BY COLE BEDNARSKI YOUNGLINGS

I Am Enough: Rising Up Against The Stigma Of Single Parent Families

single family

BY COLE BEDNARSKI

Growing up, I remember my family sitting around the kitchen table for every dinner. My siblings and I responsible for setting places, while my parents stood at the stove cooking something undoubtedly noodle-based.

Throughout middle and high school, this tradition continued. And while I was the eldest of the three and thus left the house first, I imagine that the act of gathering as a family for dinner continued after I moved across the state to college.

My parents instilled this behavior as one of great importance long before the commercials were released, so when I started seeing these 30-second moments between episodes of Friends — or whatever other angsty teenage show I was obsessed with and have now forgotten — I was shocked in a way, because I didn’t understand why there was a need to advocate for this.

In my mind, everyone sat around the table together for dinner. And the reality that some families did not, had never crossed my sheltered mind.

That’s because, in many ways, I was raised to believe that life simply goes a certain way. We get good grades, we go to college, we get a job, we get married, we buy a house, and we start pushing out babies to continue the cycle.

But there I was, sitting on the couch in the family room of my parents’ house, watching this commercial, and the light bulb turned on. “Holy shit, my parents have made a conscious effort (almost) every day for my entire life to have one hour of time to sit with me and have a conversation.” It was a few years later that I understood the significance of making us set the table, clear the dishes, and load the dishwasher — but I think my point has been made.

As I reached my early 20s, I started to discover what it meant to not follow the “traditional” path and another light bulb turned on…and then promptly exploded. I won’t bore you with the details, but let it be known that my parents weren’t always excited about my choices once I was able to make them beyond the reach of their parental guidance.

Life began to settle, I found a decent job, was renting my dream house on a lake, and met a dreamy guy. Things seemed to be creeping towards the path of least resistance, so I did what I thought I was supposed to do at 25. I had a baby!

But much like a majority of my hopeful, lost generation, things just didn’t work out with the other parent. We were young and stupid. We didn’t take the time to get to know each other. If we had, we would have discovered that there was no future between us. And while I could sit here and tell you that I wish I had been smarter, that I wish I had known better — I really don’t want to.

If I hadn’t been so stupid, I wouldn’t have my son. And I don’t want to live a day without him.

When my son was young and we were on our own, life was chaotic. I was fortunate to have an incredible bond with him, so being a mother came pretty easily. But doing all the other things I needed to do on a regular basis in addition to being a mother to this adorable, helpless little potato felt impossible.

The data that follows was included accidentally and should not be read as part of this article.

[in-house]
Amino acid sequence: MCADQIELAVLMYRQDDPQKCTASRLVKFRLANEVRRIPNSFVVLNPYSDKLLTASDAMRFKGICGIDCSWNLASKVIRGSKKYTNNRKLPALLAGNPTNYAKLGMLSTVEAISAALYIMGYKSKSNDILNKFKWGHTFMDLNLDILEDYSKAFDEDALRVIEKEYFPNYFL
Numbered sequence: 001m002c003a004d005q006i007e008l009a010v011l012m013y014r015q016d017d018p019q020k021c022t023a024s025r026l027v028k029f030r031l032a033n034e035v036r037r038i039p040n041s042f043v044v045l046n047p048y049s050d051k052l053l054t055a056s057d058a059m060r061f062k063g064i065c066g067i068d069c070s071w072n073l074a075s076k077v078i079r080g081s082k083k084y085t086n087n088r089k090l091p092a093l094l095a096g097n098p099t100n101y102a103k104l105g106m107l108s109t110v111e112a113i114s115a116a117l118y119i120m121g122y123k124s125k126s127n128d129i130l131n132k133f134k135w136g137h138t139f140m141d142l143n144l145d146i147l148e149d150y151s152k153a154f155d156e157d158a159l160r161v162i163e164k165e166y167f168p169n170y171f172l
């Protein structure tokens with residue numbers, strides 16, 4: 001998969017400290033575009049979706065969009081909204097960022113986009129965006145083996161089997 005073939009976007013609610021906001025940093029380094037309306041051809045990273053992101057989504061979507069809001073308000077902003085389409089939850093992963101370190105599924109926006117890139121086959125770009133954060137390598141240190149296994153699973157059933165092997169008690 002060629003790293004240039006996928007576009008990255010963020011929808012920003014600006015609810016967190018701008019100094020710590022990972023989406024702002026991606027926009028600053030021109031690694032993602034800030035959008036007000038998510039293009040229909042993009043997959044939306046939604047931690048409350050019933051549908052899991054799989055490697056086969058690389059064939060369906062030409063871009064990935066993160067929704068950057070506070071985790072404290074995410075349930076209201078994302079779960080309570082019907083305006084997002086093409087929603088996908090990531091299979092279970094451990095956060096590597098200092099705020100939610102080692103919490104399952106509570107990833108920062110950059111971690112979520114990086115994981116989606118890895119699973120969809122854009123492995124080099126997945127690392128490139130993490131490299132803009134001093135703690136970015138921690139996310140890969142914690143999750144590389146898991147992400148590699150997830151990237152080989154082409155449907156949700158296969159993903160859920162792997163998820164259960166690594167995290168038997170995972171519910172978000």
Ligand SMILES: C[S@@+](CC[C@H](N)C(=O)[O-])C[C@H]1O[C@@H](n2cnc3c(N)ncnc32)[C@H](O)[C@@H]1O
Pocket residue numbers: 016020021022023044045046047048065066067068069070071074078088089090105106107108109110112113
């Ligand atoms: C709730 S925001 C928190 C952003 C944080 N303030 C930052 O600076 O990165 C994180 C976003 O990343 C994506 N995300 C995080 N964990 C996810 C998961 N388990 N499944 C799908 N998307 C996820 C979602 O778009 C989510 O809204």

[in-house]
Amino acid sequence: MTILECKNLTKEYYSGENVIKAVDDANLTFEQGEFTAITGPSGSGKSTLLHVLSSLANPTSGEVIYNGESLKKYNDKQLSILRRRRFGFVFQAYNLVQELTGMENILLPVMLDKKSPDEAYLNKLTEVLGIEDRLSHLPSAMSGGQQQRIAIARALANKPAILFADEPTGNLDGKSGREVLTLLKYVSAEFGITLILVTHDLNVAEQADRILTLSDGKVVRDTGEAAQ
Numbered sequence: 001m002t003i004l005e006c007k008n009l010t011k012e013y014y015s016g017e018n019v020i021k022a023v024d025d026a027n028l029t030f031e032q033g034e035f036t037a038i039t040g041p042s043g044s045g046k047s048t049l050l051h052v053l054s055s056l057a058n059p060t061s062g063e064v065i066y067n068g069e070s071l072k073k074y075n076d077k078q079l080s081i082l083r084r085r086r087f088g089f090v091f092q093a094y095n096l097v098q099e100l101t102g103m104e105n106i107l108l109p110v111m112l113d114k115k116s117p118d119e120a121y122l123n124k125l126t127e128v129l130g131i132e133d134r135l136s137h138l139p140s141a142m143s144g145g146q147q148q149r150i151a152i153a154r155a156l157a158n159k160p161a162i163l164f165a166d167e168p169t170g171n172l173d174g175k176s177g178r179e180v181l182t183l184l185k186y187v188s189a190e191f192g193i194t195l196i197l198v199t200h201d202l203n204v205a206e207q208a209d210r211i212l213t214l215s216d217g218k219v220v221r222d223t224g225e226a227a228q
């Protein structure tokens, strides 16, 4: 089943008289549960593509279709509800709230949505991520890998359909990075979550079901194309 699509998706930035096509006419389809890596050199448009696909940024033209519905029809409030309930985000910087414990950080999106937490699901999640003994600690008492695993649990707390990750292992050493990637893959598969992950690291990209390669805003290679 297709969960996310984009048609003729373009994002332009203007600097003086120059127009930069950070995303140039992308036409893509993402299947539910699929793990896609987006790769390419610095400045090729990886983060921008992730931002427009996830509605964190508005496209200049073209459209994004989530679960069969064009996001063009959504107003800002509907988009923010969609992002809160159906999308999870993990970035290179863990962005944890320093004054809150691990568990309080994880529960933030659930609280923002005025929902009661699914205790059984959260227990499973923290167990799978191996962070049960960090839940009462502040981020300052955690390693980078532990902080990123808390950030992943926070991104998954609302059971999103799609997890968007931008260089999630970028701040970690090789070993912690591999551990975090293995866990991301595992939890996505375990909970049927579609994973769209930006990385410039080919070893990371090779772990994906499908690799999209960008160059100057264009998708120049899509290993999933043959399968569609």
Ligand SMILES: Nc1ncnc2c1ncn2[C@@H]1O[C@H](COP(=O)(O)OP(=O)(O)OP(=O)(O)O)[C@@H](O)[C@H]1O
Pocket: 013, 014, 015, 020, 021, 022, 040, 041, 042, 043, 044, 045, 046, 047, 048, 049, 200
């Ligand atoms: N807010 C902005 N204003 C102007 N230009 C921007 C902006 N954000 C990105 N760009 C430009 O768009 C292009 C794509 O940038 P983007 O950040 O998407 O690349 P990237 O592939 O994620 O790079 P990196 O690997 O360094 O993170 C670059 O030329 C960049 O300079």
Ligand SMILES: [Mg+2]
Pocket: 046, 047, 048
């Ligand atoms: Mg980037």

I had to work to make money, I had to cook to eat, I had to do laundry to have clean clothes to wear. When you feel so burdened, so physically and emotionally exhausted, so alone and often desperate, you cut corners. Or at least I did.

My eating became infrequent, I practiced absolutely no self-care whatsoever, I allowed my relationships with others to deteriorate, and I took shortcuts in everything I could — just to get by. I told myself that I had to, that things for me and for my son would be different if his dad was still around.

I told myself that it was okay to not clean (and I don’t mean scrubbing the floors every day — our apartment was disgusting). I told myself that it was okay that I ate fast food in front of the TV every night. I told myself that it was okay to never return a phone call or accept an invitation. And in doing so, I became incredibly bitter.

I was angry. I was angry with my son’s dad for bailing. I was angry with my family for having their own lives that didn’t include us. I felt like we were cast out and incomplete because we were only two, instead of three. I felt weak, isolated — like I couldn’t count on anyone.

And I was very, very wrong.

In that state of hopelessness, I had done exactly what I felt everyone had done to me. I pushed people away and behaved as though my son and I weren’t a true family because his dad wasn’t there. I had created the circumstances that I wanted so badly to blame on someone else. And even worse, I had no idea how to recover from it.

I spent years crippled by the internal struggle brought on by the realization that I was at fault for defining my son and I as insufficient to be defined a “family”. I couldn’t accept it. As a highly introspective person, I applied every other imaginable resolve to avoid facing this truth.